One thing was clear but nobody could say for sure what it all meant. The San Francisco Chronicle had the market chattering with a story that heads at Apple Inc. and electric-vehicle maker Tesla Motors Inc. met a year ago. Could this be Apple sowing seeds of a takeover?
According to the report, top Apple dealmaker Adrian Perica met Tesla’s chief executive Elon Musk.
But that was it. Nothing else. No attributed sources. No word of what was said.
The Hong Kong Economic Journal’s investor diary tried to fill in some of the blanks by delving deeper into the issue.
Before he died, Apple co-founder Steve Jobs said he would have developed an iCar to take on Detroit’s big three carmakers if he’d had more time. Now, as if was then, the statement is enough to fan hopes in Apple adherents that a deal with Musk, the real-life model for Hollywood’s genius engineer Iron Man, would give him a seat on Apple’s board and a chance to revive the Apple group.
Apple has relied on the success of its well-established iPhones and iPads in the two years since Jobs’ death and invested most of its cash in share buybacks, rather than in its future. Compare it with Google Inc, which has bought eight robotics firms in one year.
The Chronicle’s story and tie-up speculation may have sent some people rushing to buy Tesla but professional investors have held off.
Famed short seller Doug Kass, founder of hedge fund Seabreeze Partners, has a name for steering clear of shares already with a high ratio of short positions. About a quarter of Tesla’s 123 million shares were shorted but even Kass has shorted the carmaker, listing the move as one of his best investment ideas.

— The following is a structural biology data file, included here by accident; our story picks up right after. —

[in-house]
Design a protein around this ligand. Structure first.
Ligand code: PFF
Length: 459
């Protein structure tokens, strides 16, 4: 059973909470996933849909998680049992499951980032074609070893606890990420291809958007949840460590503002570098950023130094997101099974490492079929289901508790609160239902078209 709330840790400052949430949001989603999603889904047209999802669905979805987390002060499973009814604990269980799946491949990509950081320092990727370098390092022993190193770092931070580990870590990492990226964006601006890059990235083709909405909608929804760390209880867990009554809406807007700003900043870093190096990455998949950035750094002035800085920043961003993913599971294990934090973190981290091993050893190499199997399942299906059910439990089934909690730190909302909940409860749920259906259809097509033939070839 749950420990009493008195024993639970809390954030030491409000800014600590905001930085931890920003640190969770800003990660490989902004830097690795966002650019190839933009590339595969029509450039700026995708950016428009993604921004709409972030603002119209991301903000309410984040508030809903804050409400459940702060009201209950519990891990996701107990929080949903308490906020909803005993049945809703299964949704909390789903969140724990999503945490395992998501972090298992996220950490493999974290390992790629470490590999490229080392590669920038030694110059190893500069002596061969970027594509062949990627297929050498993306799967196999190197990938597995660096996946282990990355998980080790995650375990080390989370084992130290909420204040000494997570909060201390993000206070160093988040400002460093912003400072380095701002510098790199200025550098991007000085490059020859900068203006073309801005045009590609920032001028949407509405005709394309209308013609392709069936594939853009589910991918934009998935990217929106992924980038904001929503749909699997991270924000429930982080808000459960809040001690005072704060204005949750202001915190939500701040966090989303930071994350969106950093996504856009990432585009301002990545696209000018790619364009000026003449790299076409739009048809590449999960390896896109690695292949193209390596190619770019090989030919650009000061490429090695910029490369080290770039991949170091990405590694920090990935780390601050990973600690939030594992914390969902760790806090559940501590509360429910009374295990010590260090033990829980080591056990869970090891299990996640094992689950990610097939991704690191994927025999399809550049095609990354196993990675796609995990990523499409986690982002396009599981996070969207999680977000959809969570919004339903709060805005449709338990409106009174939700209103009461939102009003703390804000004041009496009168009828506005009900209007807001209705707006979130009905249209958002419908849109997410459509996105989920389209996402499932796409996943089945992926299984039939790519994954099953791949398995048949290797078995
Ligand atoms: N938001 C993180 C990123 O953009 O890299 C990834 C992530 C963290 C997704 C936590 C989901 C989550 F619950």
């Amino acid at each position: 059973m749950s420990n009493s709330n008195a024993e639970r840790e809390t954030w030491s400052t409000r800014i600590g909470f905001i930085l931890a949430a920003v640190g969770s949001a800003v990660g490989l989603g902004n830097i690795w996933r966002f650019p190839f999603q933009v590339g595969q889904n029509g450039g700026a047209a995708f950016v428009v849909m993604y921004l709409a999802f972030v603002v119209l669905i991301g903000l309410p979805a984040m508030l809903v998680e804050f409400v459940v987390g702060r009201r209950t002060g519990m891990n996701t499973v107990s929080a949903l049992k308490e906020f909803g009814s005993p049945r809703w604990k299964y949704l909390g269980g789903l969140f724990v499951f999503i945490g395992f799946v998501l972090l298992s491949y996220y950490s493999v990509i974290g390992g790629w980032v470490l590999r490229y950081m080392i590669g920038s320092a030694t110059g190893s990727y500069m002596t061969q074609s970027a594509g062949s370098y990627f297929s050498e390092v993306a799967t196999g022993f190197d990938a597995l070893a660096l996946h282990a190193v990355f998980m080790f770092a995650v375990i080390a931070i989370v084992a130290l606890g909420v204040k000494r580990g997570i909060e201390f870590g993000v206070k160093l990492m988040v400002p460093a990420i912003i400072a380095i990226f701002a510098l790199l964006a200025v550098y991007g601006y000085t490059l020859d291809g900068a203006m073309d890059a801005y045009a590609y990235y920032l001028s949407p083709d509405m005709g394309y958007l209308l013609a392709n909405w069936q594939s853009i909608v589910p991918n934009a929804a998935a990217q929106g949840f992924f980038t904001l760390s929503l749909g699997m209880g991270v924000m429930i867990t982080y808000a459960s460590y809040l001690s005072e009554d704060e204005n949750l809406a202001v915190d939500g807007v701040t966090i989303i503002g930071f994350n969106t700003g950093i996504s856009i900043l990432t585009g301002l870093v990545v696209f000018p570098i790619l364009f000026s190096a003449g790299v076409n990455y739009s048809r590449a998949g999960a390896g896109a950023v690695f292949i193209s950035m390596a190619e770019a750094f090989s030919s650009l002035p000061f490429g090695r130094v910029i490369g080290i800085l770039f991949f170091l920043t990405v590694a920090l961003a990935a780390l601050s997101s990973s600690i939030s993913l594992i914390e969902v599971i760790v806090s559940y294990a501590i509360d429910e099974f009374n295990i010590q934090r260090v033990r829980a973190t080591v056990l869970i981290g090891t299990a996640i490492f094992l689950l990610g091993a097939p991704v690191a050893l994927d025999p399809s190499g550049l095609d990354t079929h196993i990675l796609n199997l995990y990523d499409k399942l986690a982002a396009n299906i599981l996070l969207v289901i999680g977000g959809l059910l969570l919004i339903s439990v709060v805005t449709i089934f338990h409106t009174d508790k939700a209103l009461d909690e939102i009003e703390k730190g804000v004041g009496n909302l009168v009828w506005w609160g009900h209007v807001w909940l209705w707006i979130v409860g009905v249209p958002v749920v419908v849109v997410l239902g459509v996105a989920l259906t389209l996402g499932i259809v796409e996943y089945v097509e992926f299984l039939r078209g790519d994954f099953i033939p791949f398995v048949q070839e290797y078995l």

Why now is Kass breaking his own trading rule?
Tesla stock has soared from US$38 to US$209 over the past year, despite a slew of negative news such as its large-scale recall of charging parts and fire problems with its Model S battery.
Tesla’s share price was at US$50, with a total market value of US$6 billion. Now its market cap is US$24 billion and Kass said he can’t believe Apple is still interested in talking.
Kass is not alone. Another speculator reportedly sold 556 call option contracts at US$12.60 per share to be delivered in June with a strike price of US$240. The speculator sold them as Tesla’s shares topped a record US$200 last week.
The bet entitles the contract seller to a US$700,000-plus return if Tesla shares don’t hit US$240 by the end of the contract, a rise of about 20 percent in less than four months’ time.
Given Tesla’s strong momentum, it wouldn’t be at all surprising if it doubled in three months. So it’s still anybody’s bet whether this speculator and Kass will both walk away with big gains.
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